Quantitative Analysis and Characterization of Atherosclerotic Lesions in the Murine Aortic Sinus

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Summary

We describe procedures to quantify and characterize atherosclerotic lesions in mouse models using precision sectioning of the aortic sinus and ascending aorta combined with histochemical and immunohistochemical analysis.

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Venegas-Pino, D. E., Banko, N., Khan, M. I., Shi, Y., Werstuck, G. H. Quantitative Analysis and Characterization of Atherosclerotic Lesions in the Murine Aortic Sinus. J. Vis. Exp. (82), e50933, doi:10.3791/50933 (2013).

Abstract

Atherosclerosis is a disease of the large arteries and a major underlying cause of myocardial infarction and stroke. Several different mouse models have been developed to facilitate the study of the molecular and cellular pathophysiology of this disease. In this manuscript we describe specific techniques for the quantification and characterization of atherosclerotic lesions in the murine aortic sinus and ascending aorta. The advantage of this procedure is that it provides an accurate measurement of the cross-sectional area and total volume of the lesion, which can be used to compare atherosclerotic progression across different treatment groups. This is possible through the use of the valve leaflets as an anatomical landmark, together with careful adjustment of the sectioning angle. We also describe basic staining methods that can be used to begin to characterize atherosclerotic progression. These can be further modified to investigate antigens of specific interest to the researcher. The described techniques are generally applicable to a wide variety of existing and newly created dietary and genetically-induced models of atherogenesis.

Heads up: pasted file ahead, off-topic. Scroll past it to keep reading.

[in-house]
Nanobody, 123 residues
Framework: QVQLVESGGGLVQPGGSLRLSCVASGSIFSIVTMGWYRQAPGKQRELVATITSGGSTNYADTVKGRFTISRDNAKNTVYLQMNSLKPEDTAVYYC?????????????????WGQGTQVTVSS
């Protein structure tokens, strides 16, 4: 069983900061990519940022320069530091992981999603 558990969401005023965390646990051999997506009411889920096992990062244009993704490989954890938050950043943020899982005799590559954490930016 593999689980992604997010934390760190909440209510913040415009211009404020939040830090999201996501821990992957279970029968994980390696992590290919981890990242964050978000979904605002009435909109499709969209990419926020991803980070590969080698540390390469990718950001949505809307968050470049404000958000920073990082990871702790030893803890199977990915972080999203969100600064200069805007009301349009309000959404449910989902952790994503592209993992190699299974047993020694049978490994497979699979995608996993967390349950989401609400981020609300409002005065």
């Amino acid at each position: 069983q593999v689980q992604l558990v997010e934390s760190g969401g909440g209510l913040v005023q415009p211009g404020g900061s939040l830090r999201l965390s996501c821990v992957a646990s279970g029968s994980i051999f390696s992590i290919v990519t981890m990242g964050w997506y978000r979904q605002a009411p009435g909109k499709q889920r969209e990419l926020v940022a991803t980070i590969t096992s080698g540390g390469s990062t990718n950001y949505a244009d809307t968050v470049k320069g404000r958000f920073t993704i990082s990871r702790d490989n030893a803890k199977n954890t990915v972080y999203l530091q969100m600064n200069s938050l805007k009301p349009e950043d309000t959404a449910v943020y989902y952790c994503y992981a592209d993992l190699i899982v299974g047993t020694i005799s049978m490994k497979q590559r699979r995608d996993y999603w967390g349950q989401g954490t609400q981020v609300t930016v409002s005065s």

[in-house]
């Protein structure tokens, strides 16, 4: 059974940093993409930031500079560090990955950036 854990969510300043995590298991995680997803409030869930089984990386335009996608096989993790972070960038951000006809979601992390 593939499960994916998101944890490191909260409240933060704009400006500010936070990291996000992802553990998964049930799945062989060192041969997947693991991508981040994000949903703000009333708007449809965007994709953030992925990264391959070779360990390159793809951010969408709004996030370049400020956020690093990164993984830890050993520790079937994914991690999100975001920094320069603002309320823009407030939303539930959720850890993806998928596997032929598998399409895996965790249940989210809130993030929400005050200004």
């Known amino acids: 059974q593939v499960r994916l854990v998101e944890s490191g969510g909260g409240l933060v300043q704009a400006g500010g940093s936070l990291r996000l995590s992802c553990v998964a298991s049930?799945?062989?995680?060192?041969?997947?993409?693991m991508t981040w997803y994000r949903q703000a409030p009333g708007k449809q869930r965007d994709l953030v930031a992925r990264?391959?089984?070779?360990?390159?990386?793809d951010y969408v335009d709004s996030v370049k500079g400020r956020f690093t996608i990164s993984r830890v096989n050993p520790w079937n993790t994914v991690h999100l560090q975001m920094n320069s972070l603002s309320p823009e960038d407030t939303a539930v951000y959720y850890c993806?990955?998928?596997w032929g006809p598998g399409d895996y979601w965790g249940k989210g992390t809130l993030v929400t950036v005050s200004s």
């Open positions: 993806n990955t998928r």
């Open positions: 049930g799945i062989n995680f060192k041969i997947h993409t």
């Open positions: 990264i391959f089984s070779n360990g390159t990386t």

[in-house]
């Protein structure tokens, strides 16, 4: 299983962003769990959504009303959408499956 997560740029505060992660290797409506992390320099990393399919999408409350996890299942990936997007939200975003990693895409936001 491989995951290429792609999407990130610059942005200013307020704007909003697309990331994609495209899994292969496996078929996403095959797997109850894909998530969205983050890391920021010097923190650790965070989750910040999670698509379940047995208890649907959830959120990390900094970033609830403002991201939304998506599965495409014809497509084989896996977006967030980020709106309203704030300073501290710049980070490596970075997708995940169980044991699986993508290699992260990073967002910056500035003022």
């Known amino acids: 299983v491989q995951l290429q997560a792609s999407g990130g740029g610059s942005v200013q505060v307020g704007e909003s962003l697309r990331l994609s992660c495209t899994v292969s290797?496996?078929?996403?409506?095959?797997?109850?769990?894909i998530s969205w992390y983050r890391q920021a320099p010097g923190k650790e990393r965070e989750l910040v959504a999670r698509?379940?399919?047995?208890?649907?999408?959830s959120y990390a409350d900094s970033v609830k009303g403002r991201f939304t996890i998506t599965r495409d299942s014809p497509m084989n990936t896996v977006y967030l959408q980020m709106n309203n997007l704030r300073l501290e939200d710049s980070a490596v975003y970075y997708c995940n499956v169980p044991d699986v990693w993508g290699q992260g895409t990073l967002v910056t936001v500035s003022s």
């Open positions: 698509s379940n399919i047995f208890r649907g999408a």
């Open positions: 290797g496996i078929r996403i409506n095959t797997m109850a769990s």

Introduction

In the last two decades the development and use of atherosclerosis-prone mouse models through dietary and/or genetic manipulation have significantly increased our understanding of the molecular and cellular mechanisms involved in atherosclerotic lesion development1-3. A great deal of our knowledge and understanding of atherogenesis comes from studies carried out in apolipoprotein (Apo)-E deficient4 mice, in which atherosclerotic lesions develop spontaneously and low density lipoprotein receptor (LDLR)-deficientmice, in which atherosclerosis is diet induced. An important advantage of these models is that they permit the study of relatively large numbers of genetically defined animals under controlled dietary and environmental conditions. In addition, the advanced atherosclerotic lesions that develop in some of these mouse strains appear to be very similar to those observed in human subjects, containing lipid filled necrotic cores and fibrous caps. Atherosclerosis develops rapidly in these mouse models making it very feasible to study lesion development, from fatty streak to advanced plaque, over a matter of weeks. Furthermore, known risk factors for cardiovascular disease in humans, including diabetes6, dyslipidemia7, obesity8, hypertension9, cigarette smoke10, and a sedentary environment11 have been shown to further accelerate lesion development.